Deutsche Bank reported that the Republic of Ireland had more than 289,000 vacant homes in 2012 and it was estimated that with a staggerring vacancy rate of 15 percent the oversupply could take 43 years to fill (and 200,000 homes "may need to be bulldozed").
Australia's capital cities on average have a vacancy rate of 1.9% with some such as Sydney (1.6%), Adelaide (1.4%) and particularly Perth (0.8%) having very low vacancy rates indeed.
With virtually no population growth to speak of in Ireland, the housing market is in turmoil. Investors should look to countries (or regions) where the population is growing very strongly and supply is capped. Australia's population grew by 359,600 in the year to June 2012, a very healthy rate of growth. Cities in which supply is not meeting demand reports Matusik, include Sydney, Perth and Brisbane and Matusik lists some regional centres too including, for example, Newcastle.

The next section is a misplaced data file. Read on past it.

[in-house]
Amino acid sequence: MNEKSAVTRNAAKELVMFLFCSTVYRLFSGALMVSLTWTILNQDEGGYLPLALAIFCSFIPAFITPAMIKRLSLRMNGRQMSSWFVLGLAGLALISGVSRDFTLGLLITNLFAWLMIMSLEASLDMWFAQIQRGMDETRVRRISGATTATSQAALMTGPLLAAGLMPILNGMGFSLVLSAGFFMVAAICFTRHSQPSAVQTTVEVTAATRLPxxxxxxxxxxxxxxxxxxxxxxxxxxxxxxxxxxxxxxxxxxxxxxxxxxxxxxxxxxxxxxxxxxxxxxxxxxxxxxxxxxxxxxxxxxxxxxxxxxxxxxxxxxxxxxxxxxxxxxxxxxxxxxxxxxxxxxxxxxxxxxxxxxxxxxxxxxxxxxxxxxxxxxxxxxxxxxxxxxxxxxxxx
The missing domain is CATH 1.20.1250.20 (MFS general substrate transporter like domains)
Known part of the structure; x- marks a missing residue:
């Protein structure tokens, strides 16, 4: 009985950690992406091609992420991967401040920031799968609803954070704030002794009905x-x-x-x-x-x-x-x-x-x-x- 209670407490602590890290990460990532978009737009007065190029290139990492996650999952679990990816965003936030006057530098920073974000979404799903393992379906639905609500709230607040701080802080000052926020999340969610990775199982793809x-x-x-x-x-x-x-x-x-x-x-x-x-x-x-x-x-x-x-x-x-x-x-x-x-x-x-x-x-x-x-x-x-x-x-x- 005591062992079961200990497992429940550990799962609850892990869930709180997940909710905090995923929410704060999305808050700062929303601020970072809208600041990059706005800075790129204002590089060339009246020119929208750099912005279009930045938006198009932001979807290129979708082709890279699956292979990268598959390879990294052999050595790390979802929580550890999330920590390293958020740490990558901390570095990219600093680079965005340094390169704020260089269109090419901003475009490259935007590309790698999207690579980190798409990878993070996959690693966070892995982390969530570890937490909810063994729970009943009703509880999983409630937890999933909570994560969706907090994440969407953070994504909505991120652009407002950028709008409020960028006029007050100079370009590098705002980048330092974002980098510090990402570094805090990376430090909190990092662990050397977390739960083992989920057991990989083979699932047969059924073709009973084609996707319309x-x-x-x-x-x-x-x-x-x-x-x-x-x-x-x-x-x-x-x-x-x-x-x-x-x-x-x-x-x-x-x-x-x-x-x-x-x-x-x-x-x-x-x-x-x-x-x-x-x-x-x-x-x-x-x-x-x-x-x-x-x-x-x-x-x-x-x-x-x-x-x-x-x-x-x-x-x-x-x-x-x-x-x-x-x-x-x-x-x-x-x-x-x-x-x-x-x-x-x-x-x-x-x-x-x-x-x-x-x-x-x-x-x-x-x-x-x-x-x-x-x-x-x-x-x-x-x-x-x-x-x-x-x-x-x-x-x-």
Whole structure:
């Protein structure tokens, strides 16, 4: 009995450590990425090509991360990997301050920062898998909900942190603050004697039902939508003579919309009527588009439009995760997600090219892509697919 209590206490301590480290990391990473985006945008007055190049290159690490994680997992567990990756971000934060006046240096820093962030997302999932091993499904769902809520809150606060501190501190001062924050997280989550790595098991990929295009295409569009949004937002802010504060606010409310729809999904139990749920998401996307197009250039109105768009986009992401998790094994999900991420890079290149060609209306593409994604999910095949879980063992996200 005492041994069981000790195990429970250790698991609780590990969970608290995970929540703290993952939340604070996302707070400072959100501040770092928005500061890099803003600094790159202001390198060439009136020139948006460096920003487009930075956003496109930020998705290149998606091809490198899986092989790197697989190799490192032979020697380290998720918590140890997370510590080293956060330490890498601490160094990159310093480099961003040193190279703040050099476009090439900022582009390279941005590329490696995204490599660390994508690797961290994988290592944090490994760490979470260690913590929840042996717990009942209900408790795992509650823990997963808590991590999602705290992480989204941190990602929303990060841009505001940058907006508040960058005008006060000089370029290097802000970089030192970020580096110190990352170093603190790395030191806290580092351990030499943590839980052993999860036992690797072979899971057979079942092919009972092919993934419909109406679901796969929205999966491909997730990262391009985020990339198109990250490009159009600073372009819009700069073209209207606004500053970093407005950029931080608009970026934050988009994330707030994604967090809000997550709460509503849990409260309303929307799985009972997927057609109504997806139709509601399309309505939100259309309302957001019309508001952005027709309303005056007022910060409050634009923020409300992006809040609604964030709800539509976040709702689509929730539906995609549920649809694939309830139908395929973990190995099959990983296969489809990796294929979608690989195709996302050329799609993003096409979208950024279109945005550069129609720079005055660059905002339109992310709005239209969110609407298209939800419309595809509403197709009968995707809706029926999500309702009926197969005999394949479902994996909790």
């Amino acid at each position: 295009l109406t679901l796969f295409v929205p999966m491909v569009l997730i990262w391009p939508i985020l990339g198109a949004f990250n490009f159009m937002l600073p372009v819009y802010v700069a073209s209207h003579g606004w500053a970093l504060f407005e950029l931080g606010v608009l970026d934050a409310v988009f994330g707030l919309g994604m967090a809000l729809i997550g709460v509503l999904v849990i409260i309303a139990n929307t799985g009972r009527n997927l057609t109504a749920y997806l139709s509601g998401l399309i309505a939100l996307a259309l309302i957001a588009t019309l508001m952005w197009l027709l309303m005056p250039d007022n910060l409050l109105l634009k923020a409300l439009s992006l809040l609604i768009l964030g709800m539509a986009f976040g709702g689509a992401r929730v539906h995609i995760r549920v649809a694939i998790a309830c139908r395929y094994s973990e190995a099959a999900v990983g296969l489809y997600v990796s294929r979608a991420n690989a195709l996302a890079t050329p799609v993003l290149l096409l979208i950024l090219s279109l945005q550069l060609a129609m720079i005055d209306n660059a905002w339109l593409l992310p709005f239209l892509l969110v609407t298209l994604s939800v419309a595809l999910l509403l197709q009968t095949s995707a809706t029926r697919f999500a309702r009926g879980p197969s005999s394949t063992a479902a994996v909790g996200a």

Promoters of regional property frequently invoke the "...in the last decade" argument, which is fair enough. But Australia has not experienced anything even approaching painful recession in that time. Hopefully we will not do so for the next decade either, but there are never any guarantees.
Importantly, experienced investors look away from the most expensive sector of the capital city markets where price action is notoriously volatile and yields frequently woeful (although it's tough to argue that capital city properties in quality suburbs have performed poorly over time when you note that a house in Dubbo costs ~$250k but a house in, say, Dover Heights ~$2.5m).
Instead, investors should look towards established properties closer to the median price which are (a) more affordable to buyers in those suburbs and therefore in great demand, and (b) provide reasonable yields. Importantly they want to see sustainable real wages growth - overseas markets have shown that property prices cannot solely be inflated by burgeoning household debt ad infinitum.